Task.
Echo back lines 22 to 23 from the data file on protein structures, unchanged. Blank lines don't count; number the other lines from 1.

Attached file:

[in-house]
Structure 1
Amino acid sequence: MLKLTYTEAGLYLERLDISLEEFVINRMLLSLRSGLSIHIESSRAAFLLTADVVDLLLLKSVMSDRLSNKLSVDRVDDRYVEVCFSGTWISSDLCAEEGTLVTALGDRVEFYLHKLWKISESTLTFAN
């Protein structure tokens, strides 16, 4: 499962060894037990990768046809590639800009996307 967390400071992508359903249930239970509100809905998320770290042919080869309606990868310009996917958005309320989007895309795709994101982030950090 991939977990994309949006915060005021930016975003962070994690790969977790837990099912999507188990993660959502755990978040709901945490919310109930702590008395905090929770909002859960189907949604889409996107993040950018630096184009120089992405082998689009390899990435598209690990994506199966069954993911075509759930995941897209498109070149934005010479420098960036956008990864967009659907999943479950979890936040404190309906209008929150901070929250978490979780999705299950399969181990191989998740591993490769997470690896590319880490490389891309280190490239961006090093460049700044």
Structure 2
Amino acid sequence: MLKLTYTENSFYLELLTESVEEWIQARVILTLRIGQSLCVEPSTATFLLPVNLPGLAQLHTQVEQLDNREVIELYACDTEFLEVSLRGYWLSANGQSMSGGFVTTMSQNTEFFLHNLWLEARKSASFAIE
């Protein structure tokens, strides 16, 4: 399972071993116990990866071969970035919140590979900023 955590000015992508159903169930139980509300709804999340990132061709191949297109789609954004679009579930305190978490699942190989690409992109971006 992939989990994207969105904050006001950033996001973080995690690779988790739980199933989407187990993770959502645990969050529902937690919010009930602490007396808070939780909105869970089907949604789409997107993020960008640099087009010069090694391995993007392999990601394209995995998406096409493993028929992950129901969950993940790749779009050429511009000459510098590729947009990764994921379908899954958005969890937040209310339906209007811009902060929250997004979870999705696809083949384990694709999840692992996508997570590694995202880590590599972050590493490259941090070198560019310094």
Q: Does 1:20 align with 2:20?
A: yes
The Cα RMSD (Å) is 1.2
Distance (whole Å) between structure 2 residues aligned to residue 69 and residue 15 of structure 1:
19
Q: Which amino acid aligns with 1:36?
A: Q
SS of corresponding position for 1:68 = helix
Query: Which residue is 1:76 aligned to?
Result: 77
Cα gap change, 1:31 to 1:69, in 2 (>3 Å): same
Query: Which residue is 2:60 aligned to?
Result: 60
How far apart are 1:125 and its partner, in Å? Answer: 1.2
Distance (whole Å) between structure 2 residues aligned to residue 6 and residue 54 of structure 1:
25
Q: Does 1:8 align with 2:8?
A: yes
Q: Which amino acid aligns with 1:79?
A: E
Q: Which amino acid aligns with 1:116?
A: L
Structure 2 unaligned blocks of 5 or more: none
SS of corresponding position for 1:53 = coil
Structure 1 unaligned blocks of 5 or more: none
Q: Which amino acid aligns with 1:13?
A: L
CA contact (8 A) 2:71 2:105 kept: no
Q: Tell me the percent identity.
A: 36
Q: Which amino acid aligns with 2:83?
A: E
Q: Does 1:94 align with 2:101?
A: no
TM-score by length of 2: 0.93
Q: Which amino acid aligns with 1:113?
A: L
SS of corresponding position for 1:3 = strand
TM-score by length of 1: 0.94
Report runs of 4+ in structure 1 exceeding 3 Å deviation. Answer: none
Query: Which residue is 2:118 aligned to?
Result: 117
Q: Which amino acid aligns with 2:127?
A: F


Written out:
Distance (whole Å) between structure 2 residues aligned to residue 6 and residue 54 of structure 1:
25